This is Scott, it has been awhile since I last posted so I thought I would give a quick update on some of the things that we have been up to over the several days.
Last weekend, I had the opportunity to join a few other visiting missionaries for a morning hike up to Motigo Mountain. The hike passes over a nearby waterfall, and through the countryside of a mountain. On the way up we passed by small family homes, and were joined by close to a dozen Kenyan children who hiked all the way up the mountain. Ed, a visiting gastroenterologist, brought peppermint candy to give to the kids, but even after it was gone, they continued to follow us, ask questions, press on our white skin, etc. It was a bit of a hazy day, but the 360 degree view from the top was beautiful. The mountains and hillsides are full of tea, corn, and various other vegetable plots, as well as cows, donkeys, etc. Here are a few pics from the hike:
While I was hiking, Whitney was helping proctor the surgery residents’ yearly exam. Afterwards, they invited us to attend a pig/goat roast celebration on Sunday. One of the first year residents, Seno, grew up on a pig/goat farm, and had the animals slaughtered on the day of the roast. He butchered the animals, and spent hours attending to the grill in preparation for the feast. The food was absolutely amazing! It reminded me of a Southern style barbecue with the pork and the presence of coleslaw, but with a Kenyan twist as we also had spice-coated potatoes, fresh salsa, beets, and of course, ugali, which is the Kenyan staple dish. Ugali is made of cornmeal, and is rather bland and flavorless, but it picks up the flavors of whatever it is served with. Prior to the meal, we played foosball, basketball, volleyball, and even Twister with some of the residents. Afterwards, we played all kinds of crazy games. The residents were a lot of fun, and they made us feel right at home. Here are a few pics from the fun night:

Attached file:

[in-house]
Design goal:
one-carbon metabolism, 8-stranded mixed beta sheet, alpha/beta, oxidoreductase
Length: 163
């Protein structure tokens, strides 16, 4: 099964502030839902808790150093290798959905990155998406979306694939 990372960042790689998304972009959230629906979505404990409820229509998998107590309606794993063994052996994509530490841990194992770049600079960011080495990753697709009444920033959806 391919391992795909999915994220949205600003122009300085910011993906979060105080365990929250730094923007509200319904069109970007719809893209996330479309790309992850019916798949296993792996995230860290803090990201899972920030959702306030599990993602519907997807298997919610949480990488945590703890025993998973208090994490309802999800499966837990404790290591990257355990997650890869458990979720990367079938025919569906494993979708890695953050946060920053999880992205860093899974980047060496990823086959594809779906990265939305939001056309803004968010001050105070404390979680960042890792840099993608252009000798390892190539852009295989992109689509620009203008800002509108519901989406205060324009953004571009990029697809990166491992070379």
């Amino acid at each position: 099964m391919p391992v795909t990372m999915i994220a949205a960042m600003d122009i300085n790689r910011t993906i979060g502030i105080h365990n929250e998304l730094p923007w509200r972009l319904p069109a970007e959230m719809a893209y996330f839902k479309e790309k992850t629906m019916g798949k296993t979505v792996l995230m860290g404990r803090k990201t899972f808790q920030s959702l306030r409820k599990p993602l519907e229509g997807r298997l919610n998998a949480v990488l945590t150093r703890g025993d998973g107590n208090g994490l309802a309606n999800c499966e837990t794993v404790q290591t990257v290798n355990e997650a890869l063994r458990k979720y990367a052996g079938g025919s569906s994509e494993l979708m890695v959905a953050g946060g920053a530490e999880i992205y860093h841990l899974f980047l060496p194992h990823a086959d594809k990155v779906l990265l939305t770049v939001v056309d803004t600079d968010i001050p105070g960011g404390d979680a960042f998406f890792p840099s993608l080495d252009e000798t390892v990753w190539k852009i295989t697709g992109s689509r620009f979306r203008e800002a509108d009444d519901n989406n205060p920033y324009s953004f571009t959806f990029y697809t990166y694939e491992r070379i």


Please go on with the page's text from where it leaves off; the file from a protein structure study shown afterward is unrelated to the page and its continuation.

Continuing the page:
Regarding, the hospital, I am slowly becoming more comfortable taking care of the diseases commonly seen here. The heart disease, diabetes, and cancers commonly seen in the states, are replaced here by AIDS, meningitis, and TB among others. My second call night was yesterday, and was more hectic than the first. We had one patient who had a severe PCP pneumonia (infection seen in advanced HIV) and her oxygen levels were slowly dropping throughout the night. By 3am, her O2 levels were at 50% (normal is >90%) despite us giving her 100% oxygen by a face mask. In this situation, the only way to try to oxygenate her, is to intubate her and place her on a breathing machine. The only problem is, I had not intubated anyone since my third year medical school anesthesia rotation, since at Duke, intubations are done by pulmonologists and respiratory therapists. Usually when you intubate someone, you first aggressively use a bag to blow extra oxygen in their lungs until it reaches 100%, since you have to sedate them and they stop breathing while you are placing the tube. An additional problem was the fact that despite bagging her for 45 minutes, we still couldn’t get her oxygen levels over 80%. This is a very bad sign. Finally, we had to go for it. I asked God to help me place the tube where it needed to go, and was nervous, but trusted he would help! Fortunately I was able to get the tube in, but she ultimately passed away several hours later as her lungs still would not allow her to receive oxygen.
That night we had a few more cases of meningitis, pneumonia, and an unfortunate young girl who was brought by her mother from another hospital. She had been at that hospital for 3-4 weeks, and has been having 20-30 seizures per day, and has been more or less comatose since then. She was actively seizing on arrival, and continued during the night. I had her on nearly every anti-seizure medication we have, along with multiple antibiotics, and it still was not preventing her seizures. In the morning, I consulted with a few of the long term physicians to ask their opinion but we were all stumped. We all went to the bedside, and did the only thing left that we could think of…we asked God for wisdom as well as healing. I am happy to report, she has not seized for >48 hours. She is still not responsive, so please keep her in your prayers!